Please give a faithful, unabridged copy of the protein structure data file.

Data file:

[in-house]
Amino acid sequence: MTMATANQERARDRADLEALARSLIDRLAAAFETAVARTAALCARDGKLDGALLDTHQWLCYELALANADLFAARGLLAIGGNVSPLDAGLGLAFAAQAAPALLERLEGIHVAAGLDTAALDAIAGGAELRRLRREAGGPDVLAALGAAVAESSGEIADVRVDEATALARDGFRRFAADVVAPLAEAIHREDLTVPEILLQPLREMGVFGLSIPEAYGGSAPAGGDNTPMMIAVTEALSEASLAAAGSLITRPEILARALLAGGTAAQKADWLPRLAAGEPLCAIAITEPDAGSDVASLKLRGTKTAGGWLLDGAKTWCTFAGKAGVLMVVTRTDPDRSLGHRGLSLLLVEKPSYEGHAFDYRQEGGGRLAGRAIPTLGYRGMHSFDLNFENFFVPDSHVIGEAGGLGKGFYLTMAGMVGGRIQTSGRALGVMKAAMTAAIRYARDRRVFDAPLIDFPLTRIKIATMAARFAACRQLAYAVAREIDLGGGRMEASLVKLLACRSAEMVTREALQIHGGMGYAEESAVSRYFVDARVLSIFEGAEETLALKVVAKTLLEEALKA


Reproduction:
[in-house]
Amino acid sequence: MTMATANQERARDRADLEALARSLIDRLAAAFETAVARTAALCARDGKLDGALLDTHQWLCYELALANADLFAARGLLAIGGNVSPLDAGLGLAFAAQAAPALLERLEGIHVAAGLDTAALDAIAGGAELRRLRREAGGPDVLAALGAAVAESSGEIADVRVDEATALARDGFRRFAADVVAPLAEAIHREDLTVPEILLQPLREMGVFGLSIPEAYGGSAPAGGDNTPMMIAVTEALSEASLAAAGSLITRPEILARALLAGGTAAQKADWLPRLAAGEPLCAIAITEPDAGSDVASLKLRGTKTAGGWLLDGAKTWCTFAGKAGVLMVVTRTDPDRSLGHRGLSLLLVEKPSYEGHAFDYRQEGGGRLAGRAIPTLGYRGMHSFDLNFENFFVPDSHVIGEAGGLGKGFYLTMAGMVGGRIQTSGRALGVMKAAMTAAIRYARDRRVFDAPLIDFPLTRIKIATMAARFAACRQLAYAVAREIDLGGGRMEASLVKLLACRSAEMVTREALQIHGGMGYAEESAVSRYFVDARVLSIFEGAEETLALKVVAKTLLEEALKA